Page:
I recently arrived at the tail end of a presentation about backups. Rebecca Fitzhugh, Principal Technologist at Rubrik was wrapping up a small group discussion and Q&A about Rubrik technology and for me the final take-away message was simply, the practice of backing up should be boring.
During the final leg of a three month tour that has included most major cities in Australia, I had the pleasure of sitting down with Rubrik representatives, Chris Wahl, Chief Technologist, Rebecca Fitzhugh, Principal Technologist, and Luke McGoldrick, Country Manger A/NZ for a brief lunch and discussion about the company's global roadshow, challenges and opportunities for the business and more about the company's technology offerings in A/NZ.
If you're not familiar with Rubrik, it wouldn't surprise me. Rubrik is a cloud data management company that was founded in the US in late 2013. The company on-boarded its first Australian customer in 2015 and through a rapid global growth strategy is today worth over $3.3 billion USD. But Rubrik is one of those behind-the-scenes sort of business that tends to disappear into the wiring of your organisation's technology.
Set it and leave it alone. It's not about the back up
According to McGoldrick, "From a local perspective, we started out as a company that really was just trying to do better backup at scale leveraging AWS for long term retention with an API driven software fabric, you know, and as the product morphed over time, I go back and I look at some of the successful sales engagement we've had. I go back in three or six months and ask the customer, 'Why did you buy us?'. They never say, 'Oh, I wanted a backup product'."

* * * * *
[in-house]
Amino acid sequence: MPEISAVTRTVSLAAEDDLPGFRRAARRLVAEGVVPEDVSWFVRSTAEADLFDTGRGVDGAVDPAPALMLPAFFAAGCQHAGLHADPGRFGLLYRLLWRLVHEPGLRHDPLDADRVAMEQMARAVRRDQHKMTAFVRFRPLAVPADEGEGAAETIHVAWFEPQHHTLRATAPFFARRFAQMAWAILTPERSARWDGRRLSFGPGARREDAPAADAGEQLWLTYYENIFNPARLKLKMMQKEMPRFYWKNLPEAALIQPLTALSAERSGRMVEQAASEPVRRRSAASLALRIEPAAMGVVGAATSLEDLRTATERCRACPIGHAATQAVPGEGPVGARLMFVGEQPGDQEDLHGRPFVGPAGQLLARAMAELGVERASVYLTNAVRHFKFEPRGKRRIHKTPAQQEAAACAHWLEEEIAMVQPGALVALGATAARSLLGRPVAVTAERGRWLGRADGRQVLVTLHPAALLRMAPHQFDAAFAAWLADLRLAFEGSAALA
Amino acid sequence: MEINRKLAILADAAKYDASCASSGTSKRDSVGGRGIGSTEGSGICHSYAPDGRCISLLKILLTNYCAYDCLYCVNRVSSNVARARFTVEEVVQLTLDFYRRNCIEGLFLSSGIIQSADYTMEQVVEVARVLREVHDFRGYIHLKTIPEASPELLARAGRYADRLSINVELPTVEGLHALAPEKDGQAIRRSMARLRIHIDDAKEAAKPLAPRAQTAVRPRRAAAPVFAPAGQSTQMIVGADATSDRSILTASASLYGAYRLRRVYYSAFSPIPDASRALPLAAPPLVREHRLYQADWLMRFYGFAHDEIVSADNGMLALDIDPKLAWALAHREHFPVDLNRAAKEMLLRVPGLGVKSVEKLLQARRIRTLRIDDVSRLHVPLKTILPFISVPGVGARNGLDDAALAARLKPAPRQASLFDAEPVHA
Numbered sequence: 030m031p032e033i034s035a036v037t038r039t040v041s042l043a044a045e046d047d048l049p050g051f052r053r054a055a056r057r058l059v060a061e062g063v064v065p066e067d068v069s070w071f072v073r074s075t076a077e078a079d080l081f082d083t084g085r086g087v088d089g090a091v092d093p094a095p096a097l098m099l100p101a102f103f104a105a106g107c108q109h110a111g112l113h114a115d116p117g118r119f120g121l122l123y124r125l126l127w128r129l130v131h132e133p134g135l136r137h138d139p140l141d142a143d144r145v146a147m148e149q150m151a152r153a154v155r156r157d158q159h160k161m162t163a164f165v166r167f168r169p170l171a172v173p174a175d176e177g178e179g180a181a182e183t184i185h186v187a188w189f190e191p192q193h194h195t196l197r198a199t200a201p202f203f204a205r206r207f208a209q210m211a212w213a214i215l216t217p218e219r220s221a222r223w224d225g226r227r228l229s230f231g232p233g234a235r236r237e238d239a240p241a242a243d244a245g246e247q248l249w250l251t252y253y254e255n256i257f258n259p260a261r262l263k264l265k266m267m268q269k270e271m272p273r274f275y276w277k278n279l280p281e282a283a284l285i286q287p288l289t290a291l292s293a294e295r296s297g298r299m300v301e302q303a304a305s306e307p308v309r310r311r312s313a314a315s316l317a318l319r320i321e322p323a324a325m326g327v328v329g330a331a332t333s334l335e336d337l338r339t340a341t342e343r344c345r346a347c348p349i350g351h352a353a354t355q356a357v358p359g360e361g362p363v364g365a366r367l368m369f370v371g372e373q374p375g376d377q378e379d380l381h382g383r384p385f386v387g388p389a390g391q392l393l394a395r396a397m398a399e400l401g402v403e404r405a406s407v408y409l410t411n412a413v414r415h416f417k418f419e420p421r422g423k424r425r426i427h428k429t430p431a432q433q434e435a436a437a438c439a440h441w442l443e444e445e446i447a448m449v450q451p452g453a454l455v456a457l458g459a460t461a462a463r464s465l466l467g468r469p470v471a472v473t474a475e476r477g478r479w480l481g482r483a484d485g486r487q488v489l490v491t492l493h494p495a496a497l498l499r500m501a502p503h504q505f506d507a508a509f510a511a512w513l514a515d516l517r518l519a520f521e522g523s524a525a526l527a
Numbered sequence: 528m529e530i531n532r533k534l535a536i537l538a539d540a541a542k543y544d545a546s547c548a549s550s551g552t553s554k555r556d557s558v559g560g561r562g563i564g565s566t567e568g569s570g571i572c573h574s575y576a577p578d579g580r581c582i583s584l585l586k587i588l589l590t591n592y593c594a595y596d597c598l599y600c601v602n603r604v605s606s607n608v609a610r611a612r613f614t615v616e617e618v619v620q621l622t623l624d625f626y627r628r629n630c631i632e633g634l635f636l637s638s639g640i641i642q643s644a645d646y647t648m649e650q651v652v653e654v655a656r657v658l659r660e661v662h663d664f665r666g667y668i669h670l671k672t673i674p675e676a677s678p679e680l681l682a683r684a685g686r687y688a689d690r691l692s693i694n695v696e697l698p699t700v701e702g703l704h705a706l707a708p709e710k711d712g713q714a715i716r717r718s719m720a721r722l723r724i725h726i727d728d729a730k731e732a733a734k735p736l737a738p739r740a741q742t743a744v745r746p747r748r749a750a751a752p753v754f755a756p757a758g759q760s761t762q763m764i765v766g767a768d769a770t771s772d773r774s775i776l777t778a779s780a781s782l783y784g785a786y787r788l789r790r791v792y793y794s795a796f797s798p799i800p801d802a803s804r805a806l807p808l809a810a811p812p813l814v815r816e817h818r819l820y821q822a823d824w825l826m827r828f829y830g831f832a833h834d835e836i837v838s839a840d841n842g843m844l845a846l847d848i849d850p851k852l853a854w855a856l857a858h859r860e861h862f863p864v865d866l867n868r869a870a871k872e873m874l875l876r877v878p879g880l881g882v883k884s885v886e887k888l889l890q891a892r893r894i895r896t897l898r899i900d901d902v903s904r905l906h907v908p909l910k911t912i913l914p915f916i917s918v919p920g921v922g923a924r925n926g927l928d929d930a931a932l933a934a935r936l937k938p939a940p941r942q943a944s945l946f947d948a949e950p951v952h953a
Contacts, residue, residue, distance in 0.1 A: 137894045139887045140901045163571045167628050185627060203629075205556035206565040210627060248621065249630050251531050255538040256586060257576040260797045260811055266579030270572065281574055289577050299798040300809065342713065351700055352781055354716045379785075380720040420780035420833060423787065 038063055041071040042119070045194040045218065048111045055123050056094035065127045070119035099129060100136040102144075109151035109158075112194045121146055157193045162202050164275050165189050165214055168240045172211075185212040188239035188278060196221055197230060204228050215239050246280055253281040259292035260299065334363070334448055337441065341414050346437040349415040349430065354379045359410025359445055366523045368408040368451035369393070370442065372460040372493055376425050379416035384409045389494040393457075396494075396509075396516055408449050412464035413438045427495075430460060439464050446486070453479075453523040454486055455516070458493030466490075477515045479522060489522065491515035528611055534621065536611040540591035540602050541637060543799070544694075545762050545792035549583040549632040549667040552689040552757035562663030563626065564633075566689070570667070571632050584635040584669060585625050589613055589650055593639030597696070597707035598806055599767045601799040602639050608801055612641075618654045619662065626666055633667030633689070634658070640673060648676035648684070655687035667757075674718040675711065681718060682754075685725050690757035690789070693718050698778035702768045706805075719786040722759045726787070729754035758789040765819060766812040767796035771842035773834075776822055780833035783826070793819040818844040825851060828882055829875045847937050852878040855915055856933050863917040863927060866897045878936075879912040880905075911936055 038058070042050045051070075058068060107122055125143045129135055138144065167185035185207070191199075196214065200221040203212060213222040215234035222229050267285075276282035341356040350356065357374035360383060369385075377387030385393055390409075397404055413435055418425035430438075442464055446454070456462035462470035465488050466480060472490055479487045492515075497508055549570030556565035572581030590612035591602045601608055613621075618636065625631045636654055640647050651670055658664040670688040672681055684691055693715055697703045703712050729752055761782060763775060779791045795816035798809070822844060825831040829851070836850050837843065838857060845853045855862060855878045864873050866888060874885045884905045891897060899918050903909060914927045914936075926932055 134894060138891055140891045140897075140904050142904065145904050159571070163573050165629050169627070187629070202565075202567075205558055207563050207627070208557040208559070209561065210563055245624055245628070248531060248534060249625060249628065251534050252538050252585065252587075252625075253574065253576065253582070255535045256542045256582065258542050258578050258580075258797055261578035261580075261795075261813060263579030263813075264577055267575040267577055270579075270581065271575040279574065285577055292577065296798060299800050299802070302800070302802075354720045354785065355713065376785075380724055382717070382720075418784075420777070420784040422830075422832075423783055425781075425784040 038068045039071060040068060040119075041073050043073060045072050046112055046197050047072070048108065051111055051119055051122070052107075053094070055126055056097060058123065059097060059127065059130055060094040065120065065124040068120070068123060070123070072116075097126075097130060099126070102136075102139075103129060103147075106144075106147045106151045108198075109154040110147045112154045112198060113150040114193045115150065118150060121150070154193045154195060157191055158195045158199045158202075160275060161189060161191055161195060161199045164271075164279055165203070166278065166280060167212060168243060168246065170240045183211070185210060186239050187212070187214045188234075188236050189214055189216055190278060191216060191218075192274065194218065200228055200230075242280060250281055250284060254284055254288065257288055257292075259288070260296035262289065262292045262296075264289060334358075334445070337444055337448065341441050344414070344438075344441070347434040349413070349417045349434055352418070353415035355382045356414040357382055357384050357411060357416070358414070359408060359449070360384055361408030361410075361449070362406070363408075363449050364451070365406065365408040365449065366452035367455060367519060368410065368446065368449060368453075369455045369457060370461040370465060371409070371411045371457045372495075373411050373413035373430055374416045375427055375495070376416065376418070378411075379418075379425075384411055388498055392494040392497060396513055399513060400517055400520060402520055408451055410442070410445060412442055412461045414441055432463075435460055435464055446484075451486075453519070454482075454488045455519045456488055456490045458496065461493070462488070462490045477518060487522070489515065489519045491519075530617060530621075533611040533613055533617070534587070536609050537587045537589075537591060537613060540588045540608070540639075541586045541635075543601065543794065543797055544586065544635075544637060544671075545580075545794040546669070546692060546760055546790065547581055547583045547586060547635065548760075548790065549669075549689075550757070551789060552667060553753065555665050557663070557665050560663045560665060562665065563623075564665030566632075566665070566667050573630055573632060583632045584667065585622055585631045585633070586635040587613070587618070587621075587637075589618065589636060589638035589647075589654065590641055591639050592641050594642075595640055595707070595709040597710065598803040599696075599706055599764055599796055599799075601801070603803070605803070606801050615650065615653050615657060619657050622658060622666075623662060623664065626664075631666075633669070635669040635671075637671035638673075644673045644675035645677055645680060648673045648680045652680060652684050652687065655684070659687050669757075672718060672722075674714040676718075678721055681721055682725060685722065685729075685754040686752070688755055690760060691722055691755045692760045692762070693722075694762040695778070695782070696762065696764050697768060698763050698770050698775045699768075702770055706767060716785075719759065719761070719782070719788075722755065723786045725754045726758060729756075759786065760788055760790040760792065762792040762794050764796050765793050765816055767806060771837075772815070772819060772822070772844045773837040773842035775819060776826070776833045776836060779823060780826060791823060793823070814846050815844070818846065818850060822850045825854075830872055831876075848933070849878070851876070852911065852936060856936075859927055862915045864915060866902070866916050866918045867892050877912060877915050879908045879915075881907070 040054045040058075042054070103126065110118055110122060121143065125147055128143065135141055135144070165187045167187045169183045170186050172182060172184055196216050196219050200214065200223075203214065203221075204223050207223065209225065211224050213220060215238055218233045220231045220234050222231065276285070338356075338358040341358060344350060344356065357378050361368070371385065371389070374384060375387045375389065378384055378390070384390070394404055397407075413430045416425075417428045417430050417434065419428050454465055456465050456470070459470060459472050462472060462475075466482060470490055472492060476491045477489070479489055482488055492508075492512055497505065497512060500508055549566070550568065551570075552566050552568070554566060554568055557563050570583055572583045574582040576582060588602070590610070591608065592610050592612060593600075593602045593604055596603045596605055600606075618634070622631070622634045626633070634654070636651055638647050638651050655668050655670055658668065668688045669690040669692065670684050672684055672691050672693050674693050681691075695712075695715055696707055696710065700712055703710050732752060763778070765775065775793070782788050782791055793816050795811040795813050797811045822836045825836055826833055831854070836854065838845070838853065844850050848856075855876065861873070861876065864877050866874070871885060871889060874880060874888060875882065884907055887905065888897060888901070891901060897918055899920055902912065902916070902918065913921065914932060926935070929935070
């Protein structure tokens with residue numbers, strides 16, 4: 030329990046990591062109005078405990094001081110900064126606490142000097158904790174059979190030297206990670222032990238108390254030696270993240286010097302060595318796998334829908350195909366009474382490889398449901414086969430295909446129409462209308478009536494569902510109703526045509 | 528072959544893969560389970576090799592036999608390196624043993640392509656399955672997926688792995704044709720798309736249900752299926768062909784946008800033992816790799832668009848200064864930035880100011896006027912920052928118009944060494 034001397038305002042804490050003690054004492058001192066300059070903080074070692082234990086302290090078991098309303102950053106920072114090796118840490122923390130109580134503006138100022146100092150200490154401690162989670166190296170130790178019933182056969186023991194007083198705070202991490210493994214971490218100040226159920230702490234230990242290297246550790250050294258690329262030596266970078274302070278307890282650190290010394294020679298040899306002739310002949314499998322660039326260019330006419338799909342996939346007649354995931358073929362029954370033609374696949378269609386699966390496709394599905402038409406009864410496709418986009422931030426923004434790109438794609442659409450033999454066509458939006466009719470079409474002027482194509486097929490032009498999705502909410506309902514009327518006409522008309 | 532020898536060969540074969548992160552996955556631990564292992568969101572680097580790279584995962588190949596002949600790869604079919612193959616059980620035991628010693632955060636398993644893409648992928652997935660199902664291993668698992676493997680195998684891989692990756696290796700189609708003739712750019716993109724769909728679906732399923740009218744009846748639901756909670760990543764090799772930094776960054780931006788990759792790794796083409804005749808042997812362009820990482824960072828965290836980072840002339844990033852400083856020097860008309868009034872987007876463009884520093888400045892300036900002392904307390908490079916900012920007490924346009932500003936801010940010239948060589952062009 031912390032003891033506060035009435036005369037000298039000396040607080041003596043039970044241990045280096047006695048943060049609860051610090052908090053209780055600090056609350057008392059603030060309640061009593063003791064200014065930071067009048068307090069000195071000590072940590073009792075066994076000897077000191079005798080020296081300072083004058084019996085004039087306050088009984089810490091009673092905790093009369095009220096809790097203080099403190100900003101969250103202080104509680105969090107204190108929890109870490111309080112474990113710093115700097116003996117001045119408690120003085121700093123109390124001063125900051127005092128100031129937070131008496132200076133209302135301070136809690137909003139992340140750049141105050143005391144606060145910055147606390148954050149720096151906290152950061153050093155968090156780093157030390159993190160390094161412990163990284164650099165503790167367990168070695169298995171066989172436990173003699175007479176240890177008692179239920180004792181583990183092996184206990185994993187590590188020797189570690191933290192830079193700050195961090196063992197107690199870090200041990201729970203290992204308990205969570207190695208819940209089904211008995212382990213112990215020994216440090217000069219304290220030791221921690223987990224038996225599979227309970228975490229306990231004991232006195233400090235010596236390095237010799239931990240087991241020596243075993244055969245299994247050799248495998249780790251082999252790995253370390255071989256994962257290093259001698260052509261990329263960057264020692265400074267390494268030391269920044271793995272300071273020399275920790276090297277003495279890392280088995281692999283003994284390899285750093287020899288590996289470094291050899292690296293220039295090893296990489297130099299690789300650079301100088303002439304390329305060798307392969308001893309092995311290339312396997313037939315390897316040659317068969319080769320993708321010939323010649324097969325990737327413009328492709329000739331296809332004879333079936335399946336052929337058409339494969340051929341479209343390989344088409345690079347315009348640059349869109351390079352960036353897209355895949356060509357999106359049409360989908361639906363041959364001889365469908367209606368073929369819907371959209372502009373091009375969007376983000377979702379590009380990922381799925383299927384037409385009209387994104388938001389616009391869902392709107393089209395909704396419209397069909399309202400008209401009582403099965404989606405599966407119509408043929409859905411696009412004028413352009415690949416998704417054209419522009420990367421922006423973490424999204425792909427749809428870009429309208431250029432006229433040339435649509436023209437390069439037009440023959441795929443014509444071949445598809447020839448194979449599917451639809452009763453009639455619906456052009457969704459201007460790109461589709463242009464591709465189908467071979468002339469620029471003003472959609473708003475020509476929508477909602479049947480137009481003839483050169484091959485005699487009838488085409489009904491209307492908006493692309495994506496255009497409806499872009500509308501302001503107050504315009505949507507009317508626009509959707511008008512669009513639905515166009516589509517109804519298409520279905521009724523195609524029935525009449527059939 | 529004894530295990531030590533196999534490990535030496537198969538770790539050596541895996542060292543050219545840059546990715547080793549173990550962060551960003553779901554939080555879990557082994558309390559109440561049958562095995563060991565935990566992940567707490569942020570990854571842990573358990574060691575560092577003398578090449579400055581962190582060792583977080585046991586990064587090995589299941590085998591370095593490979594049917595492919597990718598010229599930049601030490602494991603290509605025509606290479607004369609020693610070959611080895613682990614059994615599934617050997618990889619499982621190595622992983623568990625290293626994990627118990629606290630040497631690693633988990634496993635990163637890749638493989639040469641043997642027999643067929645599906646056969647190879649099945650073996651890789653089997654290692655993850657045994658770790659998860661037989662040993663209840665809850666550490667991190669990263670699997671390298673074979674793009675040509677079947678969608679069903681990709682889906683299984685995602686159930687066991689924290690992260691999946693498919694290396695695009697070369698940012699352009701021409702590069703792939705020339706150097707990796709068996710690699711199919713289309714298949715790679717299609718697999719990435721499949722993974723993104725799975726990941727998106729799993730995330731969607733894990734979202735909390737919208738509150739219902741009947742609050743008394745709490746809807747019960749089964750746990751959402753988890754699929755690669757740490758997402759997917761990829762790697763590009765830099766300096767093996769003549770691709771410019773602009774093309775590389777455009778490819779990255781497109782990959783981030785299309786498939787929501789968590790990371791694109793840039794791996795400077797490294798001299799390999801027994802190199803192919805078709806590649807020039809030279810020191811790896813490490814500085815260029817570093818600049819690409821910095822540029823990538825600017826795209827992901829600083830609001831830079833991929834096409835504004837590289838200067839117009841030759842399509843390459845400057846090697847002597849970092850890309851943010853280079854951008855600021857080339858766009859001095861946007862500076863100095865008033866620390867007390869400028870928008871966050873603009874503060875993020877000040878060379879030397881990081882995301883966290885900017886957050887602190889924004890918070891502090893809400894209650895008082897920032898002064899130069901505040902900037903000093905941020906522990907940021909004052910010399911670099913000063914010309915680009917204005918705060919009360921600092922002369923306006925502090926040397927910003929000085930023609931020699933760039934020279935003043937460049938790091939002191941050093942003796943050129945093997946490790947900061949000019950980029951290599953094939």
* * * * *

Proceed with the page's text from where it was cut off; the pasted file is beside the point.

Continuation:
In late 2018, Rubrik released Andes 5.0, its flagship Cloud Data Management platform which delivers a single software solution to protect, automate and govern applications and data across data centres and cloud environments.
McGoldrick went on to outline key challenges facing Rubrik and they're mainly centred around legacy systems. This is really where Rubrik is making great strides and helping customers. Thus Rubrik is more than up to the challenge of helping businesses along their digital journey. In short, according to McGoldrick, customers don't come to Rubrik looking for backup solutions rather they come to Rubrik with an assortment of other needs and desired outcomes for data and backing up is often a matter of compliance.
According to Fitzhugh, the future of technology adoption, namely cloud and automation workflows is bright for Australian businesses. When asked about the level of adoption and how Australian businesses compared with the US with respect to roadmapping and strategising their digital transformation projects, Australia is ahead of the game.
One of the main reasons for Australia being positioned ahead the US, according to McGoldrick are regulations. Good or bad, Australia is still largely unregulated from a security and cloud deployment perspective and when compared to the United States this freedom creates an opportunity for organisations to explore different technology mixes.
The hype around cloud migration has largely settled. Just a short time ago, many of us can recall the great marketing push for all things cloud. Businesses are now focused on hybrid solutions as part of their digital strategy and being "cloud intent rather than cloud first," according to McGoldrick.
In recent research from emerging technology analyst firm, Telsyte, the cloud market continues to boom with organisations spending $688 million in 2018, a figure expected to reach around $1.2 billion by 2022 sourced from the Telsyte Australian Cloud Market Study 2019.
Rubrik's team seem well supported by the numbers coming from analyst firms like Telsyte which also report that organisations which "have adopted cloud computing, 43 per cent plan to increase spend on cloud infrastructure as more experiment with multiple platforms."
For the here and now, cloud continues to be an ever expanding business that is firmly planted itself in digital strategies across Australian organisations. The art of backing up, however, remains a hidden art and something every organisation needs but care little for how it's accomplished as long as it's done right and complies with whatever policies are in place.